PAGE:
Ronny Bi, originally from China, now living in Canada, says she was held captive and forced into anorexia pornography after being tricked by someone she had been in contact with online. “He forced me to pose for photos both in revealing clothing and nude, it was sickening. I was too weak to fight back because of how thin I was. I was completely powerless.” Bi, who was held captive with another person with an eating disorder, was starved by her captor in order to make her as emaciated and marketable as possible.
"Sadly, I was not the only woman he did this to," she says. "Eventually, both of us managed to escape but my friend died shortly afterwards from heart failure due to her anorexia. It was shortly after this that I found out he had posted all of the photos he took of us online and they spread to all the pro-ana and anorexia pornography websites like wildfire.”
Triggers: Self harm, eating disorder, depression
This is me, Kait.
I was 17 when I took this picture on the left and uploaded it as my profile picture on facebook. I received a lot of comments on my new haircut, or how pretty/ fit I look. What no one knew, not even my parents or closest friends, was that I was hurting. I have always had some self esteem issue with underlying depression. I cut myself for the first time when I was 12, before I even knew what cutting was. I will never be sure what gave me the idea to do it, but I remember thinking about how disappointed in myself I was for just being me. I was awkward, bullied in school, and had recently started to feel attracted to girls… which was the last thing I needed to add to my label as a ‘freak’. Bullied throughout middle school, by the time I got to high school I had a much tougher skin. I went to an all girls school, was a member of countless clubs, and always had a boyfriend. Always. In junior year things changed when I started to date my first girlfriend. Though I was more comfortable in who I was, she had a lot of psychological issues that began to play off mine in a negative way. I went back to cutting, stopped eating, and became completely emotionless. Luckily, my parents and some of the faculty at my school caught on that something was seriously wrong and I was put into serious counseling, cut complete ties with my then girlfriend, and tried to start life over. It took a while, and I had a lot of resentment towards my parents… but with time, things healed.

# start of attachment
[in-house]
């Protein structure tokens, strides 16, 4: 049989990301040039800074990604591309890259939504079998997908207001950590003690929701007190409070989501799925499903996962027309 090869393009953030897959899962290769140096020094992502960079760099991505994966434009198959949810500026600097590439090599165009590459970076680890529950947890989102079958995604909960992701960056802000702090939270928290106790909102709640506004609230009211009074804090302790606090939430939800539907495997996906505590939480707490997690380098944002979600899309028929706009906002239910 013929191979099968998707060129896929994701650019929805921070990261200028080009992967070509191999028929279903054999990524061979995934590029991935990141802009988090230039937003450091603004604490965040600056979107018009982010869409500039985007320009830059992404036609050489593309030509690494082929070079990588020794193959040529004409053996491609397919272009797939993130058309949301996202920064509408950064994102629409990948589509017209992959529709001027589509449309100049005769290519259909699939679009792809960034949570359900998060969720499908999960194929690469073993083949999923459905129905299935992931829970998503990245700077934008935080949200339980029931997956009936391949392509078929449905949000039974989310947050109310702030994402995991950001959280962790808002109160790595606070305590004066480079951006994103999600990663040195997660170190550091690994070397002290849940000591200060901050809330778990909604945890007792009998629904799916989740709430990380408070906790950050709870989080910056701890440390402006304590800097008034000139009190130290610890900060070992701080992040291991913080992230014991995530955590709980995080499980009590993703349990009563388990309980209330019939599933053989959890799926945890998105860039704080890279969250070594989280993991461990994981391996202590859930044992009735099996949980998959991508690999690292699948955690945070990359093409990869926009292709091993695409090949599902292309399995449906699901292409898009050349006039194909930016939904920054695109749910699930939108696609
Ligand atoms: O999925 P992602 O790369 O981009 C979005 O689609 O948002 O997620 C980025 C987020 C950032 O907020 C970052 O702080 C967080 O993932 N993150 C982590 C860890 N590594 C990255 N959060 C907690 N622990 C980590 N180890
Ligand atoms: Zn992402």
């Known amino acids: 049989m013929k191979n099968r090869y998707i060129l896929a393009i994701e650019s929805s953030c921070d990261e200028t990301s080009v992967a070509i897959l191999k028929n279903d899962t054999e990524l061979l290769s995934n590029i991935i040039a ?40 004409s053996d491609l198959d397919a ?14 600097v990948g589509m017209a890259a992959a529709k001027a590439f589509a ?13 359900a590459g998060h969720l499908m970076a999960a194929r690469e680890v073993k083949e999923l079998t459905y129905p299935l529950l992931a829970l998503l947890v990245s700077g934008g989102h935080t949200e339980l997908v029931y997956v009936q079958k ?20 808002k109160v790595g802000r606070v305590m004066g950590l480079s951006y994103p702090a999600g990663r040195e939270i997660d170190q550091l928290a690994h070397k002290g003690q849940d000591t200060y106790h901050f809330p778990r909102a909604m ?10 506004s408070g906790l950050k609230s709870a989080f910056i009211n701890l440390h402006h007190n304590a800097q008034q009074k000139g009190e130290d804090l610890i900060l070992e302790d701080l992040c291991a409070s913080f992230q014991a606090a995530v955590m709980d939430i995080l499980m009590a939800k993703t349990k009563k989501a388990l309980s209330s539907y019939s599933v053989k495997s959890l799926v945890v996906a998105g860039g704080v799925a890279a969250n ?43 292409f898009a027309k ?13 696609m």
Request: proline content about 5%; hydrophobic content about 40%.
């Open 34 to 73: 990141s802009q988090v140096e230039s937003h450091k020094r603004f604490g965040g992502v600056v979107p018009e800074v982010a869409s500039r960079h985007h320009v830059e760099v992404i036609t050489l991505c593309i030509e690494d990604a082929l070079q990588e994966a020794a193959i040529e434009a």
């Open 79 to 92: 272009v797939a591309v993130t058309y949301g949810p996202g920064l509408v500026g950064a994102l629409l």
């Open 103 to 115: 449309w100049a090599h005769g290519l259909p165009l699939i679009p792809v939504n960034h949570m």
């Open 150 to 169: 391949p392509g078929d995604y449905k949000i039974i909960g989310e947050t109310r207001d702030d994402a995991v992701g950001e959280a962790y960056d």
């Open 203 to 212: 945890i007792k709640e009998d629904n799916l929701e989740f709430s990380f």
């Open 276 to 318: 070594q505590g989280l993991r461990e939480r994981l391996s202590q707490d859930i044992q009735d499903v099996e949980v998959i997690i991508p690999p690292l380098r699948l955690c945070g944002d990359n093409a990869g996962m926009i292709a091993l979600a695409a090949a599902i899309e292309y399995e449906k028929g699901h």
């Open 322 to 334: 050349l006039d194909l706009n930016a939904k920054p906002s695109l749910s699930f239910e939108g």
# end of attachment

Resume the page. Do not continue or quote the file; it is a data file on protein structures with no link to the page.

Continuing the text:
I began to take better care of myself because I wanted to. I no longer cut and am a healthy weight. Every once in a while I will find myself at a low point (as I will for the rest of my life) but I now have the inner strength to fight for my own right to happiness.
For the longest time, I have looked in the mirror and have seen a monster.
Now, I can see only the truth of what I am… which is beautiful.
This is a goal you ALL can achieve!
Every person who has overcome such difficulties as eating disorders, body dysmorphic disorder, depression, etc. serves as proof that if you are struggling, you can and will overcome. You will survive. We all want you to get better. And we know you have the strength within you to do so ♥
Men Get Eating Disorders Too is a charitable organisation that seeks to raise awareness of eating disorders in men so men are able to get the support they need. Our website provides essential information on eating disorders that is specific to unique needs of men including definitions of what they are and the associated symptoms, treatments and support services available. There are also personal stories and a forum so male users can connect with other men with eating disorders to share their experiences and offer peer support.